This artwork hangs in my parents house and I’ve stared at it at great lengths on numerous occasions through my childhood. It is the story of Jaka Tarub.
In the story the main character – Jaka Tarub – comes across seven angels bathing. He steals the shawl of one angel and while her sisters fly away, she is bound to the earth and the life of a mortal wife to Jaka Tarub.
The story is the launching point for my latest choreography project. I am performing a solo as part of the Quadrant art exhibition exploring four states of human experience including mental, spiritual, emotional and physical. I am representing the physical with a solo dance on opening night, Friday 25 July, 7-10pm at The Grace Space, 274 St Kilda Road, St Kilda.
I started with the idea of exploring how I have come to terms with my own changing physicality. I always took my youth for granted and assumed I would age gracefully. After two children, and approaching forty next year I must admit with some embarrassment that I look back on old photos and videos of my dancing with some nostalgia and regret that I no longer look twenty-five.
Although corporate dance gigs are not my bread and butter, I do the occasional belly dance gig with the Underbelly troupe and I am not immune to the pressure to look slim, young and exotic.
I began developing the choreography with three songs. The first song is Indonesian Keroncong music. I chose it for its exotic and youthful flavour, but it also happens to be the sound of my ancestry and perhaps my youth? Maybe my mother was playing it when I was in utero or as a young child.
The second song is a wistful ballad, “Diamond Heart” by Marissa Nadler. The opening lyrics are “So do you know I’m a dancer now?” I was drawn to the sadness of the tone of these words and the song as a whole, and the themes of aging, death and the general drudgery of life.
The final song is by my friend Matt Stonehouse. I was drawn to this music as its rhythm and melody is powerful and yet flowing, with a Flamenco and Eastern flavour.
Originally the trajectory of the solo was going to be beginning with a seductive, exotic dance, representing my youth and beauty. The second would be the death of youth and yet entrapment in the life of a dancer, despite no longer being an ideal representation of beauty and form. The final piece would be finding my power as a mother, bearer and nurturer of children.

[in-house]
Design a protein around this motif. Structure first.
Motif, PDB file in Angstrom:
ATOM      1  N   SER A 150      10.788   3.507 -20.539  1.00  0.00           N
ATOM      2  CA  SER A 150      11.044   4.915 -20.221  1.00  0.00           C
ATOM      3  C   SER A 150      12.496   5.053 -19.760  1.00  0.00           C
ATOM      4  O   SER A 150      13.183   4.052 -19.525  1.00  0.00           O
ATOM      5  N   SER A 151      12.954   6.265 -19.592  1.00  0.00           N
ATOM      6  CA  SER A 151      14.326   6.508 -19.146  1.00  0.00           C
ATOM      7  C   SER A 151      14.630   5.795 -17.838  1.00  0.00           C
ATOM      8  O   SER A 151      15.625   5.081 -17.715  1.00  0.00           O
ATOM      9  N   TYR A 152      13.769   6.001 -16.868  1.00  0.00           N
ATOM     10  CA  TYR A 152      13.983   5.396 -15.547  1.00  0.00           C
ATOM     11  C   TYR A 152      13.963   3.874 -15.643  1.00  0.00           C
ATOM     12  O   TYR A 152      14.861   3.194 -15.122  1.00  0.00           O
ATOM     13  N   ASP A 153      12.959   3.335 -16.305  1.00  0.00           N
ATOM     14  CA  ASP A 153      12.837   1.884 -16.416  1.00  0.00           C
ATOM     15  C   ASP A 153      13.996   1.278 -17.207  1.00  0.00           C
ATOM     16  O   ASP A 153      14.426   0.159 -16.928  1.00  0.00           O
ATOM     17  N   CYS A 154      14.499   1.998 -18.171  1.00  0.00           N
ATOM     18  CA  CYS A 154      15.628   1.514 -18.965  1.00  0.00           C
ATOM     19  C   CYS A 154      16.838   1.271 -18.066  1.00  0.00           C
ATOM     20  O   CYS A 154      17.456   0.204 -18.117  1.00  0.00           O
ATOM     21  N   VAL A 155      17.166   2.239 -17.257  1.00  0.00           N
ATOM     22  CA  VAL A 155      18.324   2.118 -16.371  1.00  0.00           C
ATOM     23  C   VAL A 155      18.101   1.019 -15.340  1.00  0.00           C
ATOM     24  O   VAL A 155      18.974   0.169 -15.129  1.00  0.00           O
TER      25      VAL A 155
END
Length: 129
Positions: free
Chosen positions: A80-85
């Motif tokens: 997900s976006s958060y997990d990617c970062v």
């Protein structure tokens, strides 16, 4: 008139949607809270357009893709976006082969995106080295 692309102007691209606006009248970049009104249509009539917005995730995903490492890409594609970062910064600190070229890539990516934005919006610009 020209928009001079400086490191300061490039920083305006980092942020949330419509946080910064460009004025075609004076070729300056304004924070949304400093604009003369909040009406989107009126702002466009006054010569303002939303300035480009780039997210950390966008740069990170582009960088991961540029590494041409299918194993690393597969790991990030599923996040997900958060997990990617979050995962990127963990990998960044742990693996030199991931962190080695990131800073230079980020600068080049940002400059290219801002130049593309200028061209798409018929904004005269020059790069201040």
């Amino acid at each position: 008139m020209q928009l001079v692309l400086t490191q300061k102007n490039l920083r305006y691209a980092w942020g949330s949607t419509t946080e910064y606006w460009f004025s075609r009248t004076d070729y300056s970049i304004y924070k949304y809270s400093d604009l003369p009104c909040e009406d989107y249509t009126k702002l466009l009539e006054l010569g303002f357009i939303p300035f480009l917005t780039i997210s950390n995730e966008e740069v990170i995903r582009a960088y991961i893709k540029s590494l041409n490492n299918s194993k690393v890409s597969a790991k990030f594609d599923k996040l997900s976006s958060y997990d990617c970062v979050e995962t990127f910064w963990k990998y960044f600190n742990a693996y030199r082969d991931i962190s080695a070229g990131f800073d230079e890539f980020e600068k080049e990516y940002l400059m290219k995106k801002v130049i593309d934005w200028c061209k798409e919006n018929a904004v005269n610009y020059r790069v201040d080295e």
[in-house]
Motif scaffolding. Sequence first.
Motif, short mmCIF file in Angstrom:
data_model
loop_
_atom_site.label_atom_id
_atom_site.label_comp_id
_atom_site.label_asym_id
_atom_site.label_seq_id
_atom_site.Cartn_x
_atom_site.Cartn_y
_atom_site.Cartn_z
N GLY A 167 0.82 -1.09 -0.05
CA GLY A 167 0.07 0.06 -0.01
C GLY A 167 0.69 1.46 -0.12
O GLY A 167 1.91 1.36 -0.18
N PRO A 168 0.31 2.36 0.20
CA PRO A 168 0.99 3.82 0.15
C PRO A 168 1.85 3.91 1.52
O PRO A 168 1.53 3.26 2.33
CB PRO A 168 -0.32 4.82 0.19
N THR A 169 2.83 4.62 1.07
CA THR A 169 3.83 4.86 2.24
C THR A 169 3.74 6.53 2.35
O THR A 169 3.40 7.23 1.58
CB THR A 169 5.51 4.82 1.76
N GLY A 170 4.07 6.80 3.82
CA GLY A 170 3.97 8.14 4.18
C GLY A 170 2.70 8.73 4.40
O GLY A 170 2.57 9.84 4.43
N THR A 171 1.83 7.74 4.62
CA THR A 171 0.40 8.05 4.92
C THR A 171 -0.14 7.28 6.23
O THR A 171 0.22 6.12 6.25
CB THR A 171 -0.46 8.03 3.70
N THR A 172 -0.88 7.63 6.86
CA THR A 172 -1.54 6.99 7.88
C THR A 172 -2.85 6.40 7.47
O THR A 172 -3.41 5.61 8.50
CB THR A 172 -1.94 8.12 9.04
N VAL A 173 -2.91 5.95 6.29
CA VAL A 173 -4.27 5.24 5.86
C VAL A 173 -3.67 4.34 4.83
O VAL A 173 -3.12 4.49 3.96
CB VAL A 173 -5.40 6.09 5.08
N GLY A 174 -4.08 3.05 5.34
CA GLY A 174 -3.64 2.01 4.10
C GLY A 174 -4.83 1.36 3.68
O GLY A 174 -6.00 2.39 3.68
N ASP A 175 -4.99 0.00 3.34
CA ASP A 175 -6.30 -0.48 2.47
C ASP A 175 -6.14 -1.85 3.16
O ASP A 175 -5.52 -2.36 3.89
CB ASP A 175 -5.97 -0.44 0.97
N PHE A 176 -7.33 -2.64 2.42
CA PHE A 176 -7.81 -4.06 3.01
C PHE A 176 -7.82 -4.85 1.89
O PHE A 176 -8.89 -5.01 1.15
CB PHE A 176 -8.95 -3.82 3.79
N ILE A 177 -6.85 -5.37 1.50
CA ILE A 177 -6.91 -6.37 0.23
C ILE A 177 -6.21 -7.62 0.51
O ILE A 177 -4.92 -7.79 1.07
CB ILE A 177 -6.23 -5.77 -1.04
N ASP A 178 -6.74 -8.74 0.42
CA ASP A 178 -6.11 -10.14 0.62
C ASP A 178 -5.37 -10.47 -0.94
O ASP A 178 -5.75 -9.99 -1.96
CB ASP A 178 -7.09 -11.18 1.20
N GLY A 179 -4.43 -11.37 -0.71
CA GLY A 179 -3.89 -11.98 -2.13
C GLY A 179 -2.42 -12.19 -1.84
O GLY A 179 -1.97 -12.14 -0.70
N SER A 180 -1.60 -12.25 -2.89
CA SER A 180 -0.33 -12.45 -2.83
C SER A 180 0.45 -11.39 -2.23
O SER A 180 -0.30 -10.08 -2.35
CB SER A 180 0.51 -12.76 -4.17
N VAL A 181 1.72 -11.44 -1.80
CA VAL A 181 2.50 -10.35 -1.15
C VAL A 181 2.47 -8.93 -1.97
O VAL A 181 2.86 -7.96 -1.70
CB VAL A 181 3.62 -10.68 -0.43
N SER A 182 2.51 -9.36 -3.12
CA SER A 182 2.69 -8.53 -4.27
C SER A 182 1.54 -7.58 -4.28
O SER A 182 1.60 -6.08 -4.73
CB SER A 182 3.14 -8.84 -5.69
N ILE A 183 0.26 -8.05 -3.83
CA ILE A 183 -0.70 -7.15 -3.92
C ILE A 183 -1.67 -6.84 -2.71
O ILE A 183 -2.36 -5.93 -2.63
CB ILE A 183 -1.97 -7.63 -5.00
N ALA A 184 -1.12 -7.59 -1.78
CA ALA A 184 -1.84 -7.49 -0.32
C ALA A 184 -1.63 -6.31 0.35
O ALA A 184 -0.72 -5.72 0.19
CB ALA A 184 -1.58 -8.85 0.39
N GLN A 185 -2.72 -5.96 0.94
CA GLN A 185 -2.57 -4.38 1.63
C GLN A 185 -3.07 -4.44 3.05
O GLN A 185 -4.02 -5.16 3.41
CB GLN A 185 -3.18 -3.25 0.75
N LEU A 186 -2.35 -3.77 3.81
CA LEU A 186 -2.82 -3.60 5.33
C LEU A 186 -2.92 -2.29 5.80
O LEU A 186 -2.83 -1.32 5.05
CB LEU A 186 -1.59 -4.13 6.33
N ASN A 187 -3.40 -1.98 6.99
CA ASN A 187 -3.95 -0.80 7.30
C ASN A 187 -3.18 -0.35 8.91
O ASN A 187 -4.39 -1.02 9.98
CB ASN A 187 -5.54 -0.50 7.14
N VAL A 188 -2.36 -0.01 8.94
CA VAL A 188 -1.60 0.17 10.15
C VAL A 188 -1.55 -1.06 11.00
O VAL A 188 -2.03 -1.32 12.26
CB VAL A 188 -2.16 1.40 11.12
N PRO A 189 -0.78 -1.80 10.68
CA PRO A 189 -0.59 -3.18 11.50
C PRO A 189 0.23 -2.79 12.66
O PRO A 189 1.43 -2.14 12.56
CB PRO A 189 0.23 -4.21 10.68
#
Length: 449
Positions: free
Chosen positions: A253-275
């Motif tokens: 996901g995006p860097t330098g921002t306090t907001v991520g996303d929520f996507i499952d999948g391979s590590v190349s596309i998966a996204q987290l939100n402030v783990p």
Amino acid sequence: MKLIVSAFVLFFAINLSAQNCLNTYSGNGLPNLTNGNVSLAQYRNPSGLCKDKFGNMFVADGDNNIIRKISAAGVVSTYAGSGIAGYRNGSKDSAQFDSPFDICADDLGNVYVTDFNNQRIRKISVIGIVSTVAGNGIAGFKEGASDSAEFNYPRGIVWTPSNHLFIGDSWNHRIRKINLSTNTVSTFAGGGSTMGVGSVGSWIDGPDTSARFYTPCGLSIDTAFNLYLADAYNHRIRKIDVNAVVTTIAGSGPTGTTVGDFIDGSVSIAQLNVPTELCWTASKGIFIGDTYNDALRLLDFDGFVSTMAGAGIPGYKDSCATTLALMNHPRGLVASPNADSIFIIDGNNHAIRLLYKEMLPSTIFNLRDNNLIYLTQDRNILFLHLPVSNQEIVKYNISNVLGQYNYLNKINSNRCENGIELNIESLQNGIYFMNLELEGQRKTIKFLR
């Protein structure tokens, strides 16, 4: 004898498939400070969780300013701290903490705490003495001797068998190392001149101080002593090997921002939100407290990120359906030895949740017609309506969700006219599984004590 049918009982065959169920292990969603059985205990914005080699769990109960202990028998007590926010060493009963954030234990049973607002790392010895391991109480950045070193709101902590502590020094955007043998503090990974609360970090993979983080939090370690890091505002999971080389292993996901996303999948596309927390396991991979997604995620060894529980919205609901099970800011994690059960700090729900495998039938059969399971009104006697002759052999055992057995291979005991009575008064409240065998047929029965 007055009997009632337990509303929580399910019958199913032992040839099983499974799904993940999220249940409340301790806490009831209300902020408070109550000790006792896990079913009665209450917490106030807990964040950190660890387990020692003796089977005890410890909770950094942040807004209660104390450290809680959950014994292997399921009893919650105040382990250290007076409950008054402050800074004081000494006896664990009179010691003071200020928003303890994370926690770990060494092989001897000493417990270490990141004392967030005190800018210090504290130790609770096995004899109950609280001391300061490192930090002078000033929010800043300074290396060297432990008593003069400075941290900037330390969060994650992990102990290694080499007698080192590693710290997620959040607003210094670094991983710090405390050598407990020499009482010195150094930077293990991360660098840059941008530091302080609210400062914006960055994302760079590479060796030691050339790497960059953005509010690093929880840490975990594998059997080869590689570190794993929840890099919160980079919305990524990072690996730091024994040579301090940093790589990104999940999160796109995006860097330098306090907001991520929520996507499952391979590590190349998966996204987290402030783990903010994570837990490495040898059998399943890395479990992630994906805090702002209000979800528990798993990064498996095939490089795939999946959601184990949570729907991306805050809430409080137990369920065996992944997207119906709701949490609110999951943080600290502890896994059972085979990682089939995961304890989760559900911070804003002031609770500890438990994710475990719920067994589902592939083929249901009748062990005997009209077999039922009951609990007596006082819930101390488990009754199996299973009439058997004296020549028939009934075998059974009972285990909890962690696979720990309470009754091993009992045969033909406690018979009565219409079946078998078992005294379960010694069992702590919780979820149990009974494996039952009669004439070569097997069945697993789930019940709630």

Although these themes are real to me, I consider my neurosis about being an older dancer as somewhat petty and wasn’t at all surprised when when one of the other exhibiting artists laughed and quipped, “Oh poor you! Really? You are still young and fit!”
It’s true – I am still young and fit and have a lot to feel happy about, and forty isn’t old.
However many of us are not immune to the pressures of cultural ideals of beauty. As a relatively new mother I am also still coming to terms with how my body can be the nexus of desire, reproduction and nurturing. How does that all inhabit one place?
As the piece marinated in my brain, and I listened to the Keroncong music, the memory of that music stirred the memory of the Javanese artwork in my parents’ house and the story of Jaka Tarub. But my piece will be the story of Jaka Tarub’s wife Nawang Wulan.
The first piece will be Nawang Wulan as the ethereal being – with her wings intact. The second piece, her wings have been taken from her and she is struggling to be bound to constraints of the mortal physical body. The third piece, she will discover the almost divine power of the physical – the strengths of muscle, the flow of qi and the ability to bear and nurture life.